Eutelsat's new satellite will boost African communications: African Business editor Anver Versi was invited to see the finishing touches being applied to the latest satellite to join the system that is providing Africa with its digital link to the rest of the world. Here is his report.
Eutelsat, headquartered in France, is Europe's leading satellite operator and one of the big four globally. It is now poised to become the leading operator for Africa with the launch of its biggest and latest satellite to date, the W3A.
The satellite, built by EADS Astrium in Toulouse, France, was being given its finishing touches when we--a group of journalists--were allowed a rare look at one of modern science's true wonders.
If computers have changed the way the world works, communications satellites have changed the way the world looks. More than airlines, they have shrunk the world into a village. Events taking place thousands of miles away can be seen and heard simultaneously by millions if not billions of people.
Satellites enable you to talk to someone on the other side of the world on your mobile, to send and receive internet messages, to plug into cable television and receive any number of television channels on your TV set at home.
Live TV global broadcasting from organisations such as CNN, BBC World or Multichoice Africa would have been impossible but for satellites.
Satellite broadcasting has been so successful that we now take it for granted and hardly bat an eyelid when a new launch is announced--unless it is going to make a difference to what we receive on our TV sets.
Eutelsat's W3A--scheduled to be launched by a Proton rocket from the Baikonur Cosmodrome in the wilds of Kazakstan on the 16th of this month (March) will make a big difference to Africa.
Eutelsat, which operates 22 satellites in orbit, already covers Africa but the addition of the W3A will expand coverage, improve reception and enable a number of other functions, such as intra-regional African connections to be made.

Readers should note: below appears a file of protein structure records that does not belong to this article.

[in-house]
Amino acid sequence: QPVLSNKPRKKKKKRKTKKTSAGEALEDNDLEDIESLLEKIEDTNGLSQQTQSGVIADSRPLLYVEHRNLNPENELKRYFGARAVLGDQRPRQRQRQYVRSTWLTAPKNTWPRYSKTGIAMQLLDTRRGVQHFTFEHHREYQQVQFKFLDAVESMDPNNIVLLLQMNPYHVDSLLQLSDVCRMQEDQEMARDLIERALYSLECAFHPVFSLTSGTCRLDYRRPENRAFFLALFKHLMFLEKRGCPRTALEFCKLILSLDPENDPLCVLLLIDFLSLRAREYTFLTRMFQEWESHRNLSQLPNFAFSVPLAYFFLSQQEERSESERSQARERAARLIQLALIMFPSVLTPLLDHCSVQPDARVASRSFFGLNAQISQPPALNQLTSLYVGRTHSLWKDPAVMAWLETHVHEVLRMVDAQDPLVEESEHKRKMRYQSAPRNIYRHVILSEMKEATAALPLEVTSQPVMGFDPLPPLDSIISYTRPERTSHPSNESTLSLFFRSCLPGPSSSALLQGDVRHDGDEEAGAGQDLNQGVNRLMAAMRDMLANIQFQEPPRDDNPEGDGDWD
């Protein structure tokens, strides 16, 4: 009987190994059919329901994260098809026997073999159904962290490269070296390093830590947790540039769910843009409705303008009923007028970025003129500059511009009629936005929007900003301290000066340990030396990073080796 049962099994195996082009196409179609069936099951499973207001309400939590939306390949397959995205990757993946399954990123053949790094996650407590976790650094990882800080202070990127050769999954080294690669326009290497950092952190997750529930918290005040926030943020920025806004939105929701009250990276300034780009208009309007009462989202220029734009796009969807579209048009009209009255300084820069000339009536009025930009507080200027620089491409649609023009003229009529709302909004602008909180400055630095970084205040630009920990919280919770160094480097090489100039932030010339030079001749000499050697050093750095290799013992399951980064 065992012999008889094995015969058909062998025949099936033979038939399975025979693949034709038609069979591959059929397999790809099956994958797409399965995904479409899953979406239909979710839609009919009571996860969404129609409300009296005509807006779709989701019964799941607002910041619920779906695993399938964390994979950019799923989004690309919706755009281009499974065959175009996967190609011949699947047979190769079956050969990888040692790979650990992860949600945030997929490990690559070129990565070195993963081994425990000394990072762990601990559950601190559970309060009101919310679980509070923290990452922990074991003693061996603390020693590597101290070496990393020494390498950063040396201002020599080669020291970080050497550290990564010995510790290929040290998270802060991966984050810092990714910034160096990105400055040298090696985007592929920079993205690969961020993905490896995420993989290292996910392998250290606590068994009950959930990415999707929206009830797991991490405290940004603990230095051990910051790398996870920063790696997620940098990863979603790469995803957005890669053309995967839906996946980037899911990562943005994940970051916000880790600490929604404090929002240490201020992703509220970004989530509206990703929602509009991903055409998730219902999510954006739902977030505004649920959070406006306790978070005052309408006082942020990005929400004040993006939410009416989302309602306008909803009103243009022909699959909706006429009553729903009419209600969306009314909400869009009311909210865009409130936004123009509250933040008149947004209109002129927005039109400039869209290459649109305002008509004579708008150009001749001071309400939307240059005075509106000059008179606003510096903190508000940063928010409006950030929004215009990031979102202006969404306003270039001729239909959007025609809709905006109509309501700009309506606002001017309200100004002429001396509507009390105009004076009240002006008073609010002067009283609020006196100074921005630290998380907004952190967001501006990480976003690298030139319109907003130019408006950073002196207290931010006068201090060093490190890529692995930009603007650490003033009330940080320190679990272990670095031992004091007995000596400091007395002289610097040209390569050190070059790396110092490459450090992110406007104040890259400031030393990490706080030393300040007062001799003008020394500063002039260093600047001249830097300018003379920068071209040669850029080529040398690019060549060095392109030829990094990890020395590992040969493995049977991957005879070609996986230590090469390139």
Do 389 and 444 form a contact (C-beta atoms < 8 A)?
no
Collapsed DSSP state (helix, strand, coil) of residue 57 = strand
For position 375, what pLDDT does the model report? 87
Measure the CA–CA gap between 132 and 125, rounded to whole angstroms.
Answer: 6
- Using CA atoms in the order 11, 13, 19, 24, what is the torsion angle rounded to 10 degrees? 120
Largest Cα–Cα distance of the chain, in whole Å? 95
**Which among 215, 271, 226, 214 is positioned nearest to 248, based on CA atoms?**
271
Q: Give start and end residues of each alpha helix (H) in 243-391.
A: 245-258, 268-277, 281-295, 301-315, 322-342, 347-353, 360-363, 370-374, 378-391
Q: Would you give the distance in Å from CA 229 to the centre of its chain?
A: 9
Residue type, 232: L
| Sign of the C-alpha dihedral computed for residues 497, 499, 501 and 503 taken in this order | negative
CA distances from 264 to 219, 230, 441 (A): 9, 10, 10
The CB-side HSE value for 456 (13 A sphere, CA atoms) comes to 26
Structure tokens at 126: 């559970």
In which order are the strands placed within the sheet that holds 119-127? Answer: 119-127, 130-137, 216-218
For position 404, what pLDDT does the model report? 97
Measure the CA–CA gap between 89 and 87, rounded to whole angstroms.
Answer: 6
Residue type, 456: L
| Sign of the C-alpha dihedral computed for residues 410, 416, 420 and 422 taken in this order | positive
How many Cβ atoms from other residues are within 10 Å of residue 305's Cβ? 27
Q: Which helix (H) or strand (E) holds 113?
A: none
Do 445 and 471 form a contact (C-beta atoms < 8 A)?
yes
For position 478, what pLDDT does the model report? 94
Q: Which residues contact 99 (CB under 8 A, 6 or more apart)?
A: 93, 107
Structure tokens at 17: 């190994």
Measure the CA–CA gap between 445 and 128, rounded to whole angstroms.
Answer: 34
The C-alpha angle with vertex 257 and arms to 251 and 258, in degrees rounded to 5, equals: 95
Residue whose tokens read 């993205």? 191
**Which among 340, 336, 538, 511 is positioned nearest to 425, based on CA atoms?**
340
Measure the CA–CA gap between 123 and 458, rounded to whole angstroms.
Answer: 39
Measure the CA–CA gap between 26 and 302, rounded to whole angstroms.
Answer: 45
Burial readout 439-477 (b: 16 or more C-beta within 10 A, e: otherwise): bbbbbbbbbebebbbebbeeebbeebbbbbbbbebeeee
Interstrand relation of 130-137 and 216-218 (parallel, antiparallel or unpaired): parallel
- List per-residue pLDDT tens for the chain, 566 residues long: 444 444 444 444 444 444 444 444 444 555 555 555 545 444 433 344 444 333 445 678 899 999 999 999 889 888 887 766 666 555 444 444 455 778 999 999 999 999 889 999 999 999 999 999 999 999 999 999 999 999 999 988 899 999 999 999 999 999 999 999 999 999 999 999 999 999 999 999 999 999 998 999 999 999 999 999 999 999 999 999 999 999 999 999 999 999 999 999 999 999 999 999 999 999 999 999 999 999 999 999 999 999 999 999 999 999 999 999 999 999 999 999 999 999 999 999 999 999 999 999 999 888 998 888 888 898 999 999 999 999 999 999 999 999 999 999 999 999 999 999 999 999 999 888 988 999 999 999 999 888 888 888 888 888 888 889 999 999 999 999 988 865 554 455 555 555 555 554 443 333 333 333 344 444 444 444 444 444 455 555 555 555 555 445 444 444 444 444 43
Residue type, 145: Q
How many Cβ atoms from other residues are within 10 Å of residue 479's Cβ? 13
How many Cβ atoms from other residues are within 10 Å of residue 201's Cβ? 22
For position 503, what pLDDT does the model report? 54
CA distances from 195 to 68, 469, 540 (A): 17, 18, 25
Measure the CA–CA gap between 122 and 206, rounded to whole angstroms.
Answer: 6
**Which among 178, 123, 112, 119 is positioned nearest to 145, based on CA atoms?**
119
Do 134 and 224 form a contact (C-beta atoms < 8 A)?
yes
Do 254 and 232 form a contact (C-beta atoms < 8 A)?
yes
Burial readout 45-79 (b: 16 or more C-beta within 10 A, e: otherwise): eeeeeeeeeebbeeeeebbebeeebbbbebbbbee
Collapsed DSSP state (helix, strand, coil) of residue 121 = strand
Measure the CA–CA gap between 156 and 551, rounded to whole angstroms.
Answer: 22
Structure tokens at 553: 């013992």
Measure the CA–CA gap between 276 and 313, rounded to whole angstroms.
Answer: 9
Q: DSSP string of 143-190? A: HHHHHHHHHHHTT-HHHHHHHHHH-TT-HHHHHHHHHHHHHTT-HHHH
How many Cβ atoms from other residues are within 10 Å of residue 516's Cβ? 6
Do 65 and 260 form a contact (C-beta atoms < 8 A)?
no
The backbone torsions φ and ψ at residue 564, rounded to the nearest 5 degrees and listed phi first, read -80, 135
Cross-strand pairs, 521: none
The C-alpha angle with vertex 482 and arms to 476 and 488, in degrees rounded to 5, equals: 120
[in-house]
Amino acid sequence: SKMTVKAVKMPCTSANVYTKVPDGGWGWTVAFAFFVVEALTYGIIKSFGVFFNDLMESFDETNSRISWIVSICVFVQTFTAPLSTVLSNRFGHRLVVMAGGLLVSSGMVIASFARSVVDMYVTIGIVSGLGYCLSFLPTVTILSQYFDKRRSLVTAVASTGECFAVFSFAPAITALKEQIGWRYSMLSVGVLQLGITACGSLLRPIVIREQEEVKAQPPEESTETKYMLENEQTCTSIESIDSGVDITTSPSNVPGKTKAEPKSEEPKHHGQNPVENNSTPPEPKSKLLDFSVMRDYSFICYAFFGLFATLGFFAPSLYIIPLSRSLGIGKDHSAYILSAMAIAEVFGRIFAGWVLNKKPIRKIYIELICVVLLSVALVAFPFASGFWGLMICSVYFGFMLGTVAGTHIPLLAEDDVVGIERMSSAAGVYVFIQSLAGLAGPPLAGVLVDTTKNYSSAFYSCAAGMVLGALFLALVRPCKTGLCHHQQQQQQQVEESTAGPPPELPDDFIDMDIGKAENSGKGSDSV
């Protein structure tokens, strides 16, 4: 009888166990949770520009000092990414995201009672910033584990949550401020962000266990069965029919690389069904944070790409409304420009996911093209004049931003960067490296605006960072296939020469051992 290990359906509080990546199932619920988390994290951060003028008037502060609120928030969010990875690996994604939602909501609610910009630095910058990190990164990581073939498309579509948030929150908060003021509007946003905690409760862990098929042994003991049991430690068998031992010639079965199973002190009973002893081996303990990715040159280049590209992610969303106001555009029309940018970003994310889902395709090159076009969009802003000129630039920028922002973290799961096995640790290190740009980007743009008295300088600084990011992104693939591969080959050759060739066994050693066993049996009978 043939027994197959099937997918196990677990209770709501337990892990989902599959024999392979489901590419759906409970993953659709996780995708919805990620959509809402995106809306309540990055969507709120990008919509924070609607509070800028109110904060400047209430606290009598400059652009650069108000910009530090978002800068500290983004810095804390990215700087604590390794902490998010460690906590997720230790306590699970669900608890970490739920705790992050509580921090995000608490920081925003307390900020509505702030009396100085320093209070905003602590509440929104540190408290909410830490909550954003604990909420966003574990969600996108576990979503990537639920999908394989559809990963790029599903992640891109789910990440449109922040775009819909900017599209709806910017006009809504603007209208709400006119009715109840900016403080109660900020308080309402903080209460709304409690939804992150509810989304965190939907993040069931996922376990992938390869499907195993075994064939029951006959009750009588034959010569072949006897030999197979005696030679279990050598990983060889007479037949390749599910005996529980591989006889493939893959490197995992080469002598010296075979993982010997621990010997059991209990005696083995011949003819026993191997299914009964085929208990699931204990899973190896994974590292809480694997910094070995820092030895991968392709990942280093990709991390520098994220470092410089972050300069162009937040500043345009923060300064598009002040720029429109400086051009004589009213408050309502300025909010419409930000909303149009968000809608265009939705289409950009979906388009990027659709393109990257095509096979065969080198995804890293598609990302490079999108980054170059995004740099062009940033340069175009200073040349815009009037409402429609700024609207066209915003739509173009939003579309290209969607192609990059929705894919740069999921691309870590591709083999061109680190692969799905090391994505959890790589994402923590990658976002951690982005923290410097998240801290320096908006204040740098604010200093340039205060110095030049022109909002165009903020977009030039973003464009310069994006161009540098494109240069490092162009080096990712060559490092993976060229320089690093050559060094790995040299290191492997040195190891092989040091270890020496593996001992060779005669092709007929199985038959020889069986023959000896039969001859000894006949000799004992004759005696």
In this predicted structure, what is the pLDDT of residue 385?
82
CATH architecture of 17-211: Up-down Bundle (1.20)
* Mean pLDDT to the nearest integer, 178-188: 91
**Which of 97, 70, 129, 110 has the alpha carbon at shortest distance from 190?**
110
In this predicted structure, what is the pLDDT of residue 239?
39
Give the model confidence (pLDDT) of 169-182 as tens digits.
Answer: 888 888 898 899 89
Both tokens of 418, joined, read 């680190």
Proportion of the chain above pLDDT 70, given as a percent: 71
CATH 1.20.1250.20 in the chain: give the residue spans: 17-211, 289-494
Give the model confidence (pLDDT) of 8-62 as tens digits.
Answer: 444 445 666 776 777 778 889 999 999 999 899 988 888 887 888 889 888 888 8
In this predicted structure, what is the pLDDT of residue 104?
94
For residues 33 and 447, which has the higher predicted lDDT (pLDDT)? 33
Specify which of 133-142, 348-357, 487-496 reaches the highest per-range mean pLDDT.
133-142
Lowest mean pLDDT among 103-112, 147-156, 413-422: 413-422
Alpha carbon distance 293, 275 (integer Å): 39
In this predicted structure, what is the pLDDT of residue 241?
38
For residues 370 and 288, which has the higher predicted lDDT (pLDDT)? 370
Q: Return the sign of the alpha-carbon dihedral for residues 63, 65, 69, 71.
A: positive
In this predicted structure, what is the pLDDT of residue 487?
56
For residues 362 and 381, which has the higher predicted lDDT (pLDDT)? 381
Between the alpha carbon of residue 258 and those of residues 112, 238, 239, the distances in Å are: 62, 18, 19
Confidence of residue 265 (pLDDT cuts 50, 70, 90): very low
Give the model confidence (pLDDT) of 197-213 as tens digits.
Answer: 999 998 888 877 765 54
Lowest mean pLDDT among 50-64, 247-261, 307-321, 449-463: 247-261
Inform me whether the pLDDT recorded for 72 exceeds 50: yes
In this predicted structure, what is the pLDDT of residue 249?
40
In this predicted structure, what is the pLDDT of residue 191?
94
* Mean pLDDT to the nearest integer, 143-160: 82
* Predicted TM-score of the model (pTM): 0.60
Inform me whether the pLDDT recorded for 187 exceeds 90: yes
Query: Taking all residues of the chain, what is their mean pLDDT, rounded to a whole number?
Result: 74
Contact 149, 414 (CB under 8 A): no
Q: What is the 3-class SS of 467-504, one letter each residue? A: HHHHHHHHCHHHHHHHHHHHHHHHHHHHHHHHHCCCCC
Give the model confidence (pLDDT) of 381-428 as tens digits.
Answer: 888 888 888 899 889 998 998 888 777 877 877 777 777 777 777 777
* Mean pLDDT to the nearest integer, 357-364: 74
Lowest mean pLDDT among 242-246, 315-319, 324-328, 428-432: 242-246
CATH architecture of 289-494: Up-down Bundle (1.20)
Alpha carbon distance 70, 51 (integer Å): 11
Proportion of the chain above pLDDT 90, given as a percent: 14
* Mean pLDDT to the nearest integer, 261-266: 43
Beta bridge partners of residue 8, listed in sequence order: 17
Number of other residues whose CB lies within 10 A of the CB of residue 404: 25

STATE OF THE ART COMMUNICATIONS
"We want to provide state of the art satellite communications infrastructure for intra-African and Euro-African connections and services," said Olivier Millies-Lacroix, Eutelsat's director of Products and Sales.
The organisation, he explained, had included Africa in its coverage from the very beginning, when it launched its first satellite in 1983. Coverage of north Africa included Algeria, (Canal Algerie), Egypt (ESC1), Morocco (RTM 1, 2M Maroc, MA3) and Tunisia (TV7 Satellite).
W2, launched in 1998, provided digital pay-TV coverage of the Indian Ocean islands of Reunion, Mauritius and Madagascar (Canal Satellite and Parabole Reunion).
Two years later, in 2000, Eutelsat launched the W4, expanding its coverage of Sub-Saharan Africa. A long term partnership with Multichoice Africa allowed distribution of Direct-Service pay-TV (DSTV) in 36 countries, ranging from Benin to Zimbabwe. Multichoice now has a subscriber base of 140,000 homes who receive over 50 TV channels and 20 music stations. Multichoice also offers high-speed internet access to DSTV subscribers in Nigeria.
In 2001, Eutelsat launched W1, which provided a high-power Ku-band spotbeam over central and southern Africa. Applications included satellite newsgathering by Globecast South Africa for sports, cultural events and breaking news.
Atlantic Bird[TM] 3, launched in 2002 provided robust C-band capacity serving the whole of Africa and enabling connectivity with Europe, the Middle East and North America.
The satellite carried a host of services, including two way broadband internet access, GSM cellular network connections, VSAT connections for credit card authorisations, telemetry for oil and gas applications, distance learning and enterprise-wide internet access. Also available were direct programme delivery from Europe for distribution to networks in Africa and TV and radio broadcasting of African channels, for example CRTV-Cameroon and Africa No1.
The launch of W3A this month will add to Eutelsat's already extensive coverage of Africa. The satellite's coverage spans Europe, large parts of the Middle East and Africa and it will be the main link for broadcast networks that deliver video, data and broadband services.